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Updates to the Housing Stability And Tenant Protection Act of 2019

In June 14, 2019, the New York State Senate, together with the State Assembly and Governor Andrew Cuomo, approved a sweeping overhaul of New York State’s rent laws, offering Tenants numerous new protections against evictions and rent increases. However, due to the breadth of such protections, together with some vague drafting, has resulted in a number of disputes as to the intent of the law.


One particular item which has been particularly contentious is relating to broker fees. In New York, it was traditional that the tenant would have to pay the broker a fee, which could range from one month of rent to 15% of the yearly rent for the unit, at the time of signing the lease. As part of the changes, the following section was added: “§ 238-a. Limitation on fees. In relation to a residential dwelling unit: 1. (a) Except in instances where statutes or regulations provide for a payment, fee or charge, no landlord, lessor, sub-lessor or grantor may demand any payment, fee, or charge for the processing, review or acceptance of an application, or demand any other payment, fee or charge before or at the beginning of the tenancy, except background checks and credit checks as provided by paragraph (b) of this subdivision…”, which is capped at $20, with the sole exclusion being for retirement communities. At the time this was instituted, it was unclear as to whether this provision was intended to limit broker fees, and as such, brokers continued to charge tenants.


To date, in order to clarify the above section, the New York Department of State has issued three (3) successive Guidance to Real Estate professionals, dated September 13, 2019, November 15, 2019, and the latest dated January 31, 2020. In each of these guidance’s, it indicates that the $20.00 limitation applies to licensed real estate brokers and salespeople acting as an agent of the “landlord, lessor, sub-lessor or grantor”. Furthermore, the latest of these states that “A licensed agent that collects a fee greater than $20.00 or fails to advise the landlord that such fees are prohibited may be subject to discipline by the Department pursuant to Section 441-c of the New York Real Property Law.” However, the rule does not apply to licensed agents when the agent has been formally engaged to represent the interests of the prospective tenant or when the agent is brokering the sale of a property, including within a cooperative or condominium.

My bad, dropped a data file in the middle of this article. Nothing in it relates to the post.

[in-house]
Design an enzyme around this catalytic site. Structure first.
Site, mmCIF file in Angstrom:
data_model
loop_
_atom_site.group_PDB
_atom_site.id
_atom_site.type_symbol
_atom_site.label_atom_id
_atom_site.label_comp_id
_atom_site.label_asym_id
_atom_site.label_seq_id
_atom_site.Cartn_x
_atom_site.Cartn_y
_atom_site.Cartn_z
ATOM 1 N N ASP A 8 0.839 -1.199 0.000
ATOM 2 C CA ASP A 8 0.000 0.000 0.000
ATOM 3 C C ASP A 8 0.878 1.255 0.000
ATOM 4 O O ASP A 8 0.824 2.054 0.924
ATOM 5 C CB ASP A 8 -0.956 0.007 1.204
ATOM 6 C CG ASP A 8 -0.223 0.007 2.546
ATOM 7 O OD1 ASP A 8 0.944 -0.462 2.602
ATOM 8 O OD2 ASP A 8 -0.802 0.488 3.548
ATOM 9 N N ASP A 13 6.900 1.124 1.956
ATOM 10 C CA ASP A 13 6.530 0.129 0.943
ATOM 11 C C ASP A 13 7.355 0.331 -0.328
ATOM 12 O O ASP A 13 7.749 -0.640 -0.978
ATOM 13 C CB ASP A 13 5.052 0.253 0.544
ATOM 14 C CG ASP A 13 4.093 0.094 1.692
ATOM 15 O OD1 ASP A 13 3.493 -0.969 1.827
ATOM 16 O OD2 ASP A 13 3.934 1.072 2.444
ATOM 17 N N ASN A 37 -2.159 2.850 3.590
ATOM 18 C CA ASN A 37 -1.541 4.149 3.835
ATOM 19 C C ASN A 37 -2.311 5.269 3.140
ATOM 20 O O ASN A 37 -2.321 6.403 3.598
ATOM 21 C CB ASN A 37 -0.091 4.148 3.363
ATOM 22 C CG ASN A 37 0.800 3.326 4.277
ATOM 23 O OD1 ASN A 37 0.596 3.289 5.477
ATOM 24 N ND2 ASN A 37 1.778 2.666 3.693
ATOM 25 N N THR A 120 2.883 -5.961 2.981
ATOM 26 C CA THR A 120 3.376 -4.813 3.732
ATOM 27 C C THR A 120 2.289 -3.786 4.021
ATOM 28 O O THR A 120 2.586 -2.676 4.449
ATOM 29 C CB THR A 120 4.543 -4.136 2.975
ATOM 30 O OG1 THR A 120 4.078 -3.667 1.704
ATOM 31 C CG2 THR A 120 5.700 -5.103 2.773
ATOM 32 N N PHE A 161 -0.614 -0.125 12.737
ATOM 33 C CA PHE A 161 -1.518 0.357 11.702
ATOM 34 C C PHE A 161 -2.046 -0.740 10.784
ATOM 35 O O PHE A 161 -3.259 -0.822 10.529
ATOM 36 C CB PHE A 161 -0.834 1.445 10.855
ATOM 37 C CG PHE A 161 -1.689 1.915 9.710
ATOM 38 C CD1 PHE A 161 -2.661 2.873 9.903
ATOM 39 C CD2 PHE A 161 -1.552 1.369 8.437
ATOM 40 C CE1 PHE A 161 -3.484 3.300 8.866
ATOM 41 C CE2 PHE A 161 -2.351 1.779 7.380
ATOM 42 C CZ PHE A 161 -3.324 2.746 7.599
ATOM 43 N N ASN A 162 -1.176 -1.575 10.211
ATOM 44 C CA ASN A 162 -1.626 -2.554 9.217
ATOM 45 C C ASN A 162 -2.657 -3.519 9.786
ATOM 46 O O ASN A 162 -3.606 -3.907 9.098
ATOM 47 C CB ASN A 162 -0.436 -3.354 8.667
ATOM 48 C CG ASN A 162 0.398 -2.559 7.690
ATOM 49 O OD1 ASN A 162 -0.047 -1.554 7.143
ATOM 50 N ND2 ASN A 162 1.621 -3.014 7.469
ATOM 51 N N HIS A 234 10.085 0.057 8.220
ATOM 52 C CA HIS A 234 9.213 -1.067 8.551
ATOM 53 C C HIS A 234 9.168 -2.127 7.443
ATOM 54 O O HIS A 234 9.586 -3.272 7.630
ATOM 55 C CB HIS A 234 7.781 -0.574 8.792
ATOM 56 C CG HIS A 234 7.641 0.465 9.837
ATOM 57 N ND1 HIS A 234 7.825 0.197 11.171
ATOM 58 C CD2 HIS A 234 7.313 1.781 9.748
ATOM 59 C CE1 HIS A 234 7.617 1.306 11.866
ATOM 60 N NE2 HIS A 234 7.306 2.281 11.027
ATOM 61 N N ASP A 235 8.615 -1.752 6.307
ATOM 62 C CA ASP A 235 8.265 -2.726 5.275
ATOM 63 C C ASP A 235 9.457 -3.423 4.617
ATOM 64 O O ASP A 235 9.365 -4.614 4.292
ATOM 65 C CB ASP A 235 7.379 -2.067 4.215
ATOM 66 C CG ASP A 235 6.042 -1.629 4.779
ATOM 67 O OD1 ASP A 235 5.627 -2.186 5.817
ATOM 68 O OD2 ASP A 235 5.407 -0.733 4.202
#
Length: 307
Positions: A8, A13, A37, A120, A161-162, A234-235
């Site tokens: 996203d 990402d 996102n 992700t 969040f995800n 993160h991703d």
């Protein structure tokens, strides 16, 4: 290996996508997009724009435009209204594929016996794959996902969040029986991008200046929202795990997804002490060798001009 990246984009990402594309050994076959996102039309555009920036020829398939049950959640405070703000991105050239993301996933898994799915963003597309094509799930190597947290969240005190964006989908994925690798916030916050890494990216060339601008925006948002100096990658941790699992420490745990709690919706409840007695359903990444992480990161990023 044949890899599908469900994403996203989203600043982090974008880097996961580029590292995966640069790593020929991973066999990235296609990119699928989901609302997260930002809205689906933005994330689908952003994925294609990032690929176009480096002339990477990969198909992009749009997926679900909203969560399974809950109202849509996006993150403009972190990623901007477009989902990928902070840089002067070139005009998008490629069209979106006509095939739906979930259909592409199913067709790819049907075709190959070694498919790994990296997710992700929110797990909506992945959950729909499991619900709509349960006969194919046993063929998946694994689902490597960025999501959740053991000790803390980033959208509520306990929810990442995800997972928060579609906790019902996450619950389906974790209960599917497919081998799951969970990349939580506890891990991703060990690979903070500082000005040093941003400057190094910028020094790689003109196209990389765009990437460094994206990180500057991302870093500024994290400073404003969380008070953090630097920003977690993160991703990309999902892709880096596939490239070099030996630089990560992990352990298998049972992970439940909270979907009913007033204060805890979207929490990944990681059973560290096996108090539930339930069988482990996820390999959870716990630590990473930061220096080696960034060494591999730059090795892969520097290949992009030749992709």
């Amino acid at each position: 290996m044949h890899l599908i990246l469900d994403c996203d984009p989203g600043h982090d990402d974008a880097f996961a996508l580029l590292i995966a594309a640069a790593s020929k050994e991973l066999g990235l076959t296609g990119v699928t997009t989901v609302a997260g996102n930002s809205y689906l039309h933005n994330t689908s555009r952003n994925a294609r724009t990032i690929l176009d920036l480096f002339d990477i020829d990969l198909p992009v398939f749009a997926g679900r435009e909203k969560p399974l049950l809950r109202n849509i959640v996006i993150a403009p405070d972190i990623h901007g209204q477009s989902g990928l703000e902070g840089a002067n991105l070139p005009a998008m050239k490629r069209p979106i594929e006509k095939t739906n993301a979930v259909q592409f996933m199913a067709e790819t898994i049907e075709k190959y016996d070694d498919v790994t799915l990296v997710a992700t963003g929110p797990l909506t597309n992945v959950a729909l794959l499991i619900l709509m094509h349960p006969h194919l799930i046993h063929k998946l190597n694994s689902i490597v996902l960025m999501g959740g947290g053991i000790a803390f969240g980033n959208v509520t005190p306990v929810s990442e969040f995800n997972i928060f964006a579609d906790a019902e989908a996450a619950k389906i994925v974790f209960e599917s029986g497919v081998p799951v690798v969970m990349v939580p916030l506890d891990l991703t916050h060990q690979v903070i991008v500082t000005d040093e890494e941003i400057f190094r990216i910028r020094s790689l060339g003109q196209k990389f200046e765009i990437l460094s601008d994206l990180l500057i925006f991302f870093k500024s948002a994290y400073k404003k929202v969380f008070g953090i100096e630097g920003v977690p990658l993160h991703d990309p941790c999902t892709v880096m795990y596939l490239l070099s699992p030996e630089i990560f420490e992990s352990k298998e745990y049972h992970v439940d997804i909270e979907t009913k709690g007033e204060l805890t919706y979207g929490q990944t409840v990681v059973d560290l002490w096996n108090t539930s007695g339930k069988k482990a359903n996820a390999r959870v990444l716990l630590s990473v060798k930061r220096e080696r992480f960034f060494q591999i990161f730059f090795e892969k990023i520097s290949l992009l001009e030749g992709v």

More recently, a challenge to this Guideline has been filed in the Supreme Court of Albany, to overturn this interpretation of the law. While this order to show cause specifically enjoins the determination contained in the guideline “issued on or about February 4, 2020”, it does not address the prior guidelines issued in the months beforehand. As such, it is still unclear as to what the law intends, with regards to broker fees. In order to see the Order to show cause, click on the link below.

(https://rebny.com/content/dam/rebny/Documents/PDF/News/In_The_News/Brokerage_Commissions_Guidance/OSC_TRO%20Feb%2010%202020.pdf)

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